Soft-tissue examination showed: Generalized bleeding on probing. Upper anterior tooth (11) showed compound pocket probing depth of 7-8 mm. Miller's Class III gingival recession [6] of 2-3 mm was noticed with respect to (16) and (26) [Figure 1] and [Figure 2].
Figure 1: Pre-operative anterior view

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Figure 2: Intra-oral periapical radiograph of 11 and 21

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Based on the examination the following treatment plan was implemented:

Phase I therapy included supra gingival, sub gingival scaling and root planning, local drug therapy, re-evaluation to be done after 15 days. In the Phase II therapy-open flap de-bridement for the pocket reduction in relation to (11) and (21); extraction of the mobile lower anterior and pre-molar after removal of the fixed partial denture.

Root coverage with respect to (11), re-evaluation of the patient to be done after 15 days, Maintenance phase included recall and re-evaluation in 3 months. In the Phase III therapy-intrusion of the upper anterior and posteriors, replacement of the lower with an over-denture and occlusal bite equilibration, re-evaluation was advised after every month. Phase IV therapy included maintenance of the dentition by recall and re-evaluation after every 3 months.

   Clinical Procedure Top

The patient was advised to take orthopantomogram and intraoral periapical radiographs. Supragingival and sub gingival scaling and root planning was completed. Recall period was scheduled and local drug delivery using tetracycline fiber (periodontal plus - AB, Chennai, Tamil Nadu, India) was planned after 15-20 days. After 3 months of the initial therapy open flap de-bridement was done due to the persistent pocket depth and BioGraft® HT (Beta-tricalcium phosphate) (IFGL Bioceramics, Kolkata, West Bengal, India) was placed into the site.

The patient was referred to the department of orthodontics for intrusion of the upper teeth after a maintenance period of 3-4 months [Figure 3]. The intrusion was done using a fixed appliance with a Niti wire for arch alignment. Stainless steel wire was used for the final adjustment. Slots of 0.016 by 0.002 for the wire was used to stabilize the tooth and for realigning the tooth to the arch.
Figure 3: Orthodontic intrusion

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On completion of intrusion the lower fixed partial denture [Figure 4] and [Figure 5] was removed and the extractions of the abutment teeth (32), (33), (42) and mobile left first premolar (34) was done, remaining canine (43) and the molars (37) and (47) were prepared for receiving coping [Figure 6]. Later partially edentulous arch was replaced with an over-denture [Figure 7].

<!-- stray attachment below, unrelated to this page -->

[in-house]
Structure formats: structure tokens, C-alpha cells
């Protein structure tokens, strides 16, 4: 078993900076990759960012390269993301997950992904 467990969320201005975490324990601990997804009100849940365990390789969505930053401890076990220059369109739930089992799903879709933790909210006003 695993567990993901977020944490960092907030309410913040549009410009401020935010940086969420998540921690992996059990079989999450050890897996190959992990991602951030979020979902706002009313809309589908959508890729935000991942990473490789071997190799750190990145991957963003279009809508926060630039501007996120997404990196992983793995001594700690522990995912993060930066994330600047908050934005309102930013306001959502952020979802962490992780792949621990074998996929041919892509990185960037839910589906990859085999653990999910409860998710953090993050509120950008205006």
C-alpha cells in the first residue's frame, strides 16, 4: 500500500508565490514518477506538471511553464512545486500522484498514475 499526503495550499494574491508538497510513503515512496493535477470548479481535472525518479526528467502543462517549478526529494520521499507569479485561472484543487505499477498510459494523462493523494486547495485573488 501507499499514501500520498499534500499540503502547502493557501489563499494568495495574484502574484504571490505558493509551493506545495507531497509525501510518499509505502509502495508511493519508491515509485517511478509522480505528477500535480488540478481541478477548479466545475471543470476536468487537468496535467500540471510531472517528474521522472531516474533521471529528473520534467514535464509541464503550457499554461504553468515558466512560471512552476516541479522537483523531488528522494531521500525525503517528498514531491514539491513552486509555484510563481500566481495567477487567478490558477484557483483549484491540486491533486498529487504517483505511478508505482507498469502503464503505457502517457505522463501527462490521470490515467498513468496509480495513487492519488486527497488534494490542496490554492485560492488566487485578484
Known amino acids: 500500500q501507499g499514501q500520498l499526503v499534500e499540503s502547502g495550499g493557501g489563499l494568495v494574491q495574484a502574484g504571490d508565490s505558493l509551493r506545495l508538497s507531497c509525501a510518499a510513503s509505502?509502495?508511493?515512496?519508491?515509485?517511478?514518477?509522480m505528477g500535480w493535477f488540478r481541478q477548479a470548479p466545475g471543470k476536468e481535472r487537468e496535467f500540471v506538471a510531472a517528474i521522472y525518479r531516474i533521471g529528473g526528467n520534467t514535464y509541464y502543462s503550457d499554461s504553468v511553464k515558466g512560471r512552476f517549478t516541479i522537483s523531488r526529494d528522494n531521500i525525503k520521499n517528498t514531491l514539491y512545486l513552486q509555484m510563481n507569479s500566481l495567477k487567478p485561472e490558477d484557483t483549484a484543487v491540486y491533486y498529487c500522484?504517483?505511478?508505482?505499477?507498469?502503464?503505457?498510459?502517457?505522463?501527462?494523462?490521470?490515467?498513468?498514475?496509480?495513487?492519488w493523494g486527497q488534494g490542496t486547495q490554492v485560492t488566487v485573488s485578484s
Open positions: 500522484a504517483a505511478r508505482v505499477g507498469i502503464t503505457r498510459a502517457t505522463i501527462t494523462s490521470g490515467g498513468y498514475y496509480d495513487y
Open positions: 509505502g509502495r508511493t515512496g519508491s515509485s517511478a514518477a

Figure 4: Intra-oral periapical post orthodontic intrusion showing radioopacity surrounding tooth suggestive of bone fill

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Figure 5: Pre-operative partially edentulous lower arch

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Figure 6: After placement of the coping

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Figure 7: Post overdenture placement

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During the recall visit after 2-3 months the patient showed a persistent sinus tract with respect to the upper (11). Hence, the tooth under-went root canal therapy and rescheduled for treatment of the recession. The recession dimension was found out to be 5 mm × 2.5 mm. Classified to be a Millers Class III recession. [6] Sub epithelial connective tissue graft was harvested using a trap door technique from the palatal donor site and transferred into a pouch created at the recipient site. [Figure 8]. Healing was uneventful. After 2-3 weeks recall, 2-3 mm of attachment gain was noted.

Two years follow-up after the procedure showed acceptable change in the hard-tissue and the soft-tissue components. There was about 12.1% foreshortening of the root of incisor which was within the acceptable range. The patient was satisfied with the treatment done and was extremely pleased with the overall appearance of the dentition and its function [Figure 9] and [Figure 10].
Figure 8: Connective tissue graft sutures at the recipient site

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Figure 9: Post-operative recall after 2 years